Susan Mallery

The Sparkling One

The first book in the Marcelli Sisters of Pleasure Road series, 2003

To Christine Flynn,

a brilliant writer and wonderful friend,

who one day happened to mention she was

making a wedding dress…by hand…and thus

inspired the entire trilogy.


“You kiss it.”

“No, you kiss it!”

Eight-year-old Katie Marcelli glanced from her seven-year-old twin sisters to the small green frog perched on a log in front of them. Summer sunlight shone through the trees, creating patterns on the grass and the log that made her think of fairies dancing in the breeze.

“Mommy said kissing a frog meant becoming a princess,” Francesca said, sounding doubtful. “I don’t want to be a princess that bad.”

Brenna pushed back the cardboard tiara Katie had carefully cut out, then covered with glue and glitter. “Boys are stupid and so are frogs. And princes.” She crossed her arms over her tattered lace-and-tulle dress-up costume and scowled.

Katie didn’t like boys all that much, but princes were different. Princes rode white horses and carried girls off to beautiful castles, where they got to eat ice cream any time they wanted and never had to write thank-you notes.

But Francesca had a point. Was all that really worth kissing a frog?

“How do we know it’s a magical frog?” she asked.

“In the book the frog had a little crown on its head. I don’t think this one used to be a prince at all,” Francesca told her.

Katie crouched down until she was eye level with the frog. It regarded her with big eyes, but didn’t jump away.

Francesca was right-there wasn’t any crown. No twinkling lights filled the air. But they’d never seen a frog here before-not in their special place.

She glanced around at the ring of trees and the soft, springy grass. Here she and her sisters pretended to be everything from elegant travelers taking a boat to a mysterious new land, to Cinderella, to mermaids. Sometimes their games were so elaborate they went on for days and Katie helped their Grammy M make special costumes. Today they were dressed to be fairy princesses. They’d just been deciding who was going to be kidnapped by the evil Dark Duke, when they’d spotted the frog.

“What if it’s magic and it wants to be sure we believe?” Katie asked.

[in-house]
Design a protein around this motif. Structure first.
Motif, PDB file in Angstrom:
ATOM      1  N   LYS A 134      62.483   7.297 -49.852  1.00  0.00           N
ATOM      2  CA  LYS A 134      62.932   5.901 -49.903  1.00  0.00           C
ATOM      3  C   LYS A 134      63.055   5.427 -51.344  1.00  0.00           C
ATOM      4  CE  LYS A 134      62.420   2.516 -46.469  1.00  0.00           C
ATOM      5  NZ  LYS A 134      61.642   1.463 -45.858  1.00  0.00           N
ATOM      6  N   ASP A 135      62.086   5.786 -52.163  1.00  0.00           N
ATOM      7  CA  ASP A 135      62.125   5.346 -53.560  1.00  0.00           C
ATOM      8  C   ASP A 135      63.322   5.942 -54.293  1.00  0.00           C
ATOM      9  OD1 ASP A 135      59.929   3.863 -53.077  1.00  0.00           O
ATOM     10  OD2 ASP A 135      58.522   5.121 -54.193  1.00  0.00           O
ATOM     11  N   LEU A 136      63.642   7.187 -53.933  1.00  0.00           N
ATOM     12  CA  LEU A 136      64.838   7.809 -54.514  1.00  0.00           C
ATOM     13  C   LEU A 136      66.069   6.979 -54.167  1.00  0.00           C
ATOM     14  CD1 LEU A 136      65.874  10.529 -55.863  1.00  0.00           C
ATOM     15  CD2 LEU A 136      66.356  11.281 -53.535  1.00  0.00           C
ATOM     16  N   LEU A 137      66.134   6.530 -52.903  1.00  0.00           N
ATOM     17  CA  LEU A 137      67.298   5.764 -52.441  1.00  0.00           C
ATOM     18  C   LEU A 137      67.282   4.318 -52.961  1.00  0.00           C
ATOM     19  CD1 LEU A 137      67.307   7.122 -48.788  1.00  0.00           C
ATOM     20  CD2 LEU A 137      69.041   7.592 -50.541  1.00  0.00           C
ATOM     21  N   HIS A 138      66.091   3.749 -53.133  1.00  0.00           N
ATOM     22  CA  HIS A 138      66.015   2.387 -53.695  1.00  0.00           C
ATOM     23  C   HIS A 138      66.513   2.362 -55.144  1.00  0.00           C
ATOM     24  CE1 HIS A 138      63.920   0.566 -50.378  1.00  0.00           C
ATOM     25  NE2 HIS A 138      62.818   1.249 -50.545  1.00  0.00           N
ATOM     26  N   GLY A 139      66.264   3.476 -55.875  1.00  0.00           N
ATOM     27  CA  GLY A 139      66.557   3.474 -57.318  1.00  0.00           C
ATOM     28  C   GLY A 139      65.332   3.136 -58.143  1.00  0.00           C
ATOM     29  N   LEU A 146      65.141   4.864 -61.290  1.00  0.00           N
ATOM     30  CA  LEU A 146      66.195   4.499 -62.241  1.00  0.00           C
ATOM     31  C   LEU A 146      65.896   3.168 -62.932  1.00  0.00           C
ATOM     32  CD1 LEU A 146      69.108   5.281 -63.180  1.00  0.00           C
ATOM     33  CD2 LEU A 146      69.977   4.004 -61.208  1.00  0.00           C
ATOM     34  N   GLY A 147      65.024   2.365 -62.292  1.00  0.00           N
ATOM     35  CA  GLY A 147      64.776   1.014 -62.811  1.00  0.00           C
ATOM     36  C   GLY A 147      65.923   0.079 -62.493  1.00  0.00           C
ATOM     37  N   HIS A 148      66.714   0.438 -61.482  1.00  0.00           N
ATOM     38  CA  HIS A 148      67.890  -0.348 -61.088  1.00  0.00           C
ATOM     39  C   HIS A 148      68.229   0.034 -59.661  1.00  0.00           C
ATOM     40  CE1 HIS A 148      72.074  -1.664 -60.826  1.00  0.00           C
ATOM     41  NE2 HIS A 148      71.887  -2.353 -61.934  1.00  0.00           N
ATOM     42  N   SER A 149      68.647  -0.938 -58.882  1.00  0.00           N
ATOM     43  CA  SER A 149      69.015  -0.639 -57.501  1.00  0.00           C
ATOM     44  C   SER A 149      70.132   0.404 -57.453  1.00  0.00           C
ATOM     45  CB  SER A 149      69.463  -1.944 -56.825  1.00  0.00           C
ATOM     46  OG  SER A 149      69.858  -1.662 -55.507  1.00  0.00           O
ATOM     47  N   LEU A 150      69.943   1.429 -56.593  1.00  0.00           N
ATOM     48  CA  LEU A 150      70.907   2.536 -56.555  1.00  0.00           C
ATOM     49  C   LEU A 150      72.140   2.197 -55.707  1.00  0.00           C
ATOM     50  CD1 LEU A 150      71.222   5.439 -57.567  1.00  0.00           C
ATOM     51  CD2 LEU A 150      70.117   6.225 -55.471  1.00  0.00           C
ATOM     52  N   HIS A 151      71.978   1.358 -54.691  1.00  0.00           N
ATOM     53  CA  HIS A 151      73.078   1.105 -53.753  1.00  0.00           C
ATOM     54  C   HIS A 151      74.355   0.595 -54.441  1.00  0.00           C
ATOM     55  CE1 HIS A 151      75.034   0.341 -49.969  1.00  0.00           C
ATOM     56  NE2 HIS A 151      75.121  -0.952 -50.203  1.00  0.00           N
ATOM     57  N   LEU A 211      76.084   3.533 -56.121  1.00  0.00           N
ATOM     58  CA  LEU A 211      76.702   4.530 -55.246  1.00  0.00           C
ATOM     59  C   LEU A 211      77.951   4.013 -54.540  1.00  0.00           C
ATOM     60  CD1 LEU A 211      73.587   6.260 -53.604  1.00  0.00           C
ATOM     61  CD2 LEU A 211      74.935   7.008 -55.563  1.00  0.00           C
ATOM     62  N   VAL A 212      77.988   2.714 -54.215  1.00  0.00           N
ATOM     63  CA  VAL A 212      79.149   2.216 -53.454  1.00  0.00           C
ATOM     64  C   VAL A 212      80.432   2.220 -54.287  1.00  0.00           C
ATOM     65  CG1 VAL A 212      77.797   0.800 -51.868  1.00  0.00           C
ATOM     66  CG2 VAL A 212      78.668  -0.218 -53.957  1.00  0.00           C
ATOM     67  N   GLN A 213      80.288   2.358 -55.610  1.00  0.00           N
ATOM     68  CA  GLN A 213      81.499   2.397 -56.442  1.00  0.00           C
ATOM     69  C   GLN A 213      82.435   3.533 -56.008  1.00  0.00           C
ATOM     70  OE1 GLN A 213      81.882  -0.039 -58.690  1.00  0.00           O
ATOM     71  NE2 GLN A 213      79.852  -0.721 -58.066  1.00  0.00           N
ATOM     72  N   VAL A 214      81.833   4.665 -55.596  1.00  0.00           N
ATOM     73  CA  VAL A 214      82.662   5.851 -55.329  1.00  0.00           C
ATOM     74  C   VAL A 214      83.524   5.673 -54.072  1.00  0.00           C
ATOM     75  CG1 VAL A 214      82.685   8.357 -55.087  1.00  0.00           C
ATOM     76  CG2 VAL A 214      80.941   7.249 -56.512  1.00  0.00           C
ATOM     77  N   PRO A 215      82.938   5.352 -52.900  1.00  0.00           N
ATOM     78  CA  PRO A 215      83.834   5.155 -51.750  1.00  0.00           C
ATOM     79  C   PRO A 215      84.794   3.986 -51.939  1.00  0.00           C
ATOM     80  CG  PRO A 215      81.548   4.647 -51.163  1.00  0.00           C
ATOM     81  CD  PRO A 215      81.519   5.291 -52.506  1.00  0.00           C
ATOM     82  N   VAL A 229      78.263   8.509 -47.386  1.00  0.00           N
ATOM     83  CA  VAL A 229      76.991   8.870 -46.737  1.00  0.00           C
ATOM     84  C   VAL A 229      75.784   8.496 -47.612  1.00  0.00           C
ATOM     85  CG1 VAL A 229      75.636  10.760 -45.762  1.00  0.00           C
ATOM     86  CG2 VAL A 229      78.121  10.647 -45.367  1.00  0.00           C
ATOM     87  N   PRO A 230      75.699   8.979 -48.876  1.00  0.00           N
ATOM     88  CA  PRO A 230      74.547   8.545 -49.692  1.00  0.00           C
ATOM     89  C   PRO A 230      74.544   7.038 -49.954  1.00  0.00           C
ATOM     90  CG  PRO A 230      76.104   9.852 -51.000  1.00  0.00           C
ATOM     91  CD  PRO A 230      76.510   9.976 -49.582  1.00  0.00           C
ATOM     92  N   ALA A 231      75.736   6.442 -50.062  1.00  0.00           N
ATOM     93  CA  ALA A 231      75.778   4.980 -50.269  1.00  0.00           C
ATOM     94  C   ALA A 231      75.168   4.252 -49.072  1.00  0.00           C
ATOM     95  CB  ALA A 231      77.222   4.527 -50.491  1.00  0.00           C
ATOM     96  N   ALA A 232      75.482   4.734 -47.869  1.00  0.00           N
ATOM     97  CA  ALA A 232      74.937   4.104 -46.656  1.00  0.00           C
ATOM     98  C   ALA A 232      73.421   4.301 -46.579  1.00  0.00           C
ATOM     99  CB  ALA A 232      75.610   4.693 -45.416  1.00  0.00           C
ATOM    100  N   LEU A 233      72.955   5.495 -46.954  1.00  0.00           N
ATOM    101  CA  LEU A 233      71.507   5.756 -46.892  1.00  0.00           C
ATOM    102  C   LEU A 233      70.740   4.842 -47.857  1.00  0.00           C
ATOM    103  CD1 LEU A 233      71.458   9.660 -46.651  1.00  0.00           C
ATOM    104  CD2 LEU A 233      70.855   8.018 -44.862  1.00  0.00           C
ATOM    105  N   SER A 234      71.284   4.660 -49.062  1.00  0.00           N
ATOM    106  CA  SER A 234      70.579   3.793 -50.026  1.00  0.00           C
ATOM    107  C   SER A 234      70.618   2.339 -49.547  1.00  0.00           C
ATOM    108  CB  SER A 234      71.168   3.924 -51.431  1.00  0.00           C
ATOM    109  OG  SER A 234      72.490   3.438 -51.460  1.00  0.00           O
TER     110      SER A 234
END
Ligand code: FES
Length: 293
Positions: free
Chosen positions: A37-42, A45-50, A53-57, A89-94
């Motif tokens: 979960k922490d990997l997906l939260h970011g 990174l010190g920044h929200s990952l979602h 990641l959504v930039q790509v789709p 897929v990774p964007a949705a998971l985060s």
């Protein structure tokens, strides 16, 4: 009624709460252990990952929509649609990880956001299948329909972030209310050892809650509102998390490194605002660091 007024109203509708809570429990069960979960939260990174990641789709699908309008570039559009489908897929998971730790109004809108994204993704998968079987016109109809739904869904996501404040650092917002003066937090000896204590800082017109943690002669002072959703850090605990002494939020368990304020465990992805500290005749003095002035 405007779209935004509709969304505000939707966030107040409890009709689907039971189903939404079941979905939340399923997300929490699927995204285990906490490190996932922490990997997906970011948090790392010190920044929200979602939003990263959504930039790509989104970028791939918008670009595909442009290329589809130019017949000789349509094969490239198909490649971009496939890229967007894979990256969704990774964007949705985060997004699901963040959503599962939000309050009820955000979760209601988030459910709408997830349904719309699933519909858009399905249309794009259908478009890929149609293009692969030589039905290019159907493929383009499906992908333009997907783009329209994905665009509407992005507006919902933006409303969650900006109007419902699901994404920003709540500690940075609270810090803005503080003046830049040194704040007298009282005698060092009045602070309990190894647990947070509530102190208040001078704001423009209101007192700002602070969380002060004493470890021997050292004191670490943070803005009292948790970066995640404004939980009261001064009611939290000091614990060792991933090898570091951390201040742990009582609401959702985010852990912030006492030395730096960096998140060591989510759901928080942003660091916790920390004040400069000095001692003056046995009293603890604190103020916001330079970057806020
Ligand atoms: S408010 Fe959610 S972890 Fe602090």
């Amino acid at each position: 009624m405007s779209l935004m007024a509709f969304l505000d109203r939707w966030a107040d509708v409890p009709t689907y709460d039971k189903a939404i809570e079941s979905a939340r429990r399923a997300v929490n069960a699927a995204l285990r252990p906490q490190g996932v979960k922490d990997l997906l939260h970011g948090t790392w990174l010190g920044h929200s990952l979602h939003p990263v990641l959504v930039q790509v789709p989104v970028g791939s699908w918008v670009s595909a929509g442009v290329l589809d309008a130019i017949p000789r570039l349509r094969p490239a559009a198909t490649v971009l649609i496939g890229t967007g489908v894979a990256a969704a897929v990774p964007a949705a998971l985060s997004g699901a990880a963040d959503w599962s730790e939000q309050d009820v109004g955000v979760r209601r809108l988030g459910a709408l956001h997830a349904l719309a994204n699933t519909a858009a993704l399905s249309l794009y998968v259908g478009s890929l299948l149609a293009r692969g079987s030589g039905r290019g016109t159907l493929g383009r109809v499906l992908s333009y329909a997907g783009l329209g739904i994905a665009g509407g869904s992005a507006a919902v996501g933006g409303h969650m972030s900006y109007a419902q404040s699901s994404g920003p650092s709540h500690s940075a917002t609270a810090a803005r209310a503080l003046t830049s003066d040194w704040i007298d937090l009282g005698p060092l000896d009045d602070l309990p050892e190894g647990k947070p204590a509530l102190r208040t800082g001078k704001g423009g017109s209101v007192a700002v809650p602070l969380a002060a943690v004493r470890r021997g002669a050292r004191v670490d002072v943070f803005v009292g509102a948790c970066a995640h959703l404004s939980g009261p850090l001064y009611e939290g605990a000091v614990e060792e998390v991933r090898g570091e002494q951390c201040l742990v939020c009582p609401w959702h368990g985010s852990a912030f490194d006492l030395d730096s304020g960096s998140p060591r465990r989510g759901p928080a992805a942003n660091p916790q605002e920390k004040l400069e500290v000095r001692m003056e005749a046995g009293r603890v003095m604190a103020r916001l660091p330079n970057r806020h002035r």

Brenna rolled her eyes. “Then kiss it and find out. If it’s not magic, you’ll get warts all over your face and have to stay in your room because you’ll be so ugly.”

Not a happy outcome, Katie thought. But she really wanted to find a handsome prince and fall in love. She wanted a big wedding, with lots of lace and flowers and a sky full of stars.

“I believe you’re a prince in disguise,” she whispered to the frog. “I’m going to kiss you and then wait every night for you to come find me. You’ll be my one true love, and we’ll live happily ever after.”

She sucked in a deep breath for courage, leaned close, and pressed her lips against the frog’s small face. It croaked and hopped away.

Brenna laughed while Francesca tried to hide a smile. Katie wasn’t discouraged. When she’d kissed the frog, she felt…something. Like a tingle. Or a promise.

“You’ll see,” she told her sisters. “One day my prince is going to come for me. He’s going to want only me, and you’ll be sorry you didn’t kiss the frog, too.”

Francesca looked wistful, but Brenna shook her head. “You’ll be waiting until you’re old, because no prince is gonna show up.”

“You’re wrong. He will and I’ll be right here.”

Katie did wait. Every night for the next three years, she stood at her window and watched the sky, waiting for her prince to ride up on his white stallion and whisk her away.

In time she forgot about the frog, the kiss, and her beliefs, which was a good thing, because twenty years later there had been a lot more frogs, but not a single prince.


Katie Marcelli knew that with the right staff, she could organize the world. But as good help was hard to find, she contented herself with smaller projects, such as organizing closets, parties, and seminars. She owned her own business, made a decent living, and had a five-year business plan that would make a Fortune 500 CEO weep with envy. She was tough, confident, in charge.

On the outside.

On the inside her nerves were currently playing baseball in her stomach, and someone had just hit a foul ball down the third base line. She pressed a hand to her midsection and knew that fourth cup of coffee she’d gulped in her car was about to turn to acid. She was tense, wired, and pacing in high heels that might make her ankles look as slender as a gazelle’s but also threatened her future ability to walk without a limp.

Oh, please, oh, please let me say just the right thing, she thought as she paused in front of a large window overlooking Century City and Beverly Hills. Opportunities like this didn’t come along every day. She’d wanted to take her company to the next level, and this job was going to make it happen. All she had to do was be…sparkling.

The word made her smile. Ah, yes. She was “the Sparkling One.” Bright, bubbly, like fine champagne that had-

“Ms. Marcelli? Mr. Stryker will see you now.”

Katie turned toward a well-dressed fifty-something woman who held open a thick door and motioned for her to enter.

Katie stepped from the nicely carpeted hallway into sink-to-your-ankles plushness in an office the size of Rhode Island. A corner office, with floor-to-ceiling windows, sleek yet traditional furniture, a massive pair of leather sofas on the walls opposite the windows, and an elegantly dressed man good-looking enough to grace one of the billboards that lined Sunset Boulevard.

Zach Stryker, one of only three senior partners in the largest family law firm in the Los Angeles metropolitan area, and the youngest partner. He had a reputation for being tough, unflinching, and a hell of a negotiator. Oh, and

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